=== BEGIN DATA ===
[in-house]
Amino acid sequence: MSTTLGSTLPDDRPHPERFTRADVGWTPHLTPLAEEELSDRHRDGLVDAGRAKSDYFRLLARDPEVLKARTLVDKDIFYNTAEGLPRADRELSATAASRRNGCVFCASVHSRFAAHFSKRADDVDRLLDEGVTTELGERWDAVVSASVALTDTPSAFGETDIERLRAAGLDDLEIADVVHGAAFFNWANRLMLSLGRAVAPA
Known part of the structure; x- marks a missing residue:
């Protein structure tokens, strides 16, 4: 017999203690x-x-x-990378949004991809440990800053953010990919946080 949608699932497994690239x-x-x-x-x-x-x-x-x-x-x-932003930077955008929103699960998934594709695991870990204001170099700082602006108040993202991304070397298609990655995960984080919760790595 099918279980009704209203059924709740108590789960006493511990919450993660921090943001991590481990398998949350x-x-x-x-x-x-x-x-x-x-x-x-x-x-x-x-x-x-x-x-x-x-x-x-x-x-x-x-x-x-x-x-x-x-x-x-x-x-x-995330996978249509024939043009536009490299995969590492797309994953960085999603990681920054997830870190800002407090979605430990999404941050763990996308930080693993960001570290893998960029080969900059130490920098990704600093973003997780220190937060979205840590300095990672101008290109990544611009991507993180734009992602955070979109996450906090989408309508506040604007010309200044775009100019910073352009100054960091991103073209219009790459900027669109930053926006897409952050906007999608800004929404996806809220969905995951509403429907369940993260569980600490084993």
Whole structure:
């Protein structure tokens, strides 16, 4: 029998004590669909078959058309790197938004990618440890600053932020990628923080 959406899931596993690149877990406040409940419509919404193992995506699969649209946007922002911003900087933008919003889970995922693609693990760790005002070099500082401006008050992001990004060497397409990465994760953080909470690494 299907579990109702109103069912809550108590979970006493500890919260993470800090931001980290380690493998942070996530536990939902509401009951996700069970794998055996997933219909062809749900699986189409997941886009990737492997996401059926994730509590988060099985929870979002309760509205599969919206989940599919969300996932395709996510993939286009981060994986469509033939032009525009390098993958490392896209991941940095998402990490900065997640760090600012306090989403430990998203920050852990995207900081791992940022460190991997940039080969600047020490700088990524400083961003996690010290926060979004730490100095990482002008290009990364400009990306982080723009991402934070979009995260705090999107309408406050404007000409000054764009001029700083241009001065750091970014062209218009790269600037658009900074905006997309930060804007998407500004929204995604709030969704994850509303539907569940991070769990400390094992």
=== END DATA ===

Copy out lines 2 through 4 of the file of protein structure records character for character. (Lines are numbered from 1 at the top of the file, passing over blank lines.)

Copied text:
Amino acid sequence: MSTTLGSTLPDDRPHPERFTRADVGWTPHLTPLAEEELSDRHRDGLVDAGRAKSDYFRLLARDPEVLKARTLVDKDIFYNTAEGLPRADRELSATAASRRNGCVFCASVHSRFAAHFSKRADDVDRLLDEGVTTELGERWDAVVSASVALTDTPSAFGETDIERLRAAGLDDLEIADVVHGAAFFNWANRLMLSLGRAVAPA
Known part of the structure; x- marks a missing residue:
């Protein structure tokens, strides 16, 4: 017999203690x-x-x-990378949004991809440990800053953010990919946080 949608699932497994690239x-x-x-x-x-x-x-x-x-x-x-932003930077955008929103699960998934594709695991870990204001170099700082602006108040993202991304070397298609990655995960984080919760790595 099918279980009704209203059924709740108590789960006493511990919450993660921090943001991590481990398998949350x-x-x-x-x-x-x-x-x-x-x-x-x-x-x-x-x-x-x-x-x-x-x-x-x-x-x-x-x-x-x-x-x-x-x-x-x-x-x-995330996978249509024939043009536009490299995969590492797309994953960085999603990681920054997830870190800002407090979605430990999404941050763990996308930080693993960001570290893998960029080969900059130490920098990704600093973003997780220190937060979205840590300095990672101008290109990544611009991507993180734009992602955070979109996450906090989408309508506040604007010309200044775009100019910073352009100054960091991103073209219009790459900027669109930053926006897409952050906007999608800004929404996806809220969905995951509403429907369940993260569980600490084993």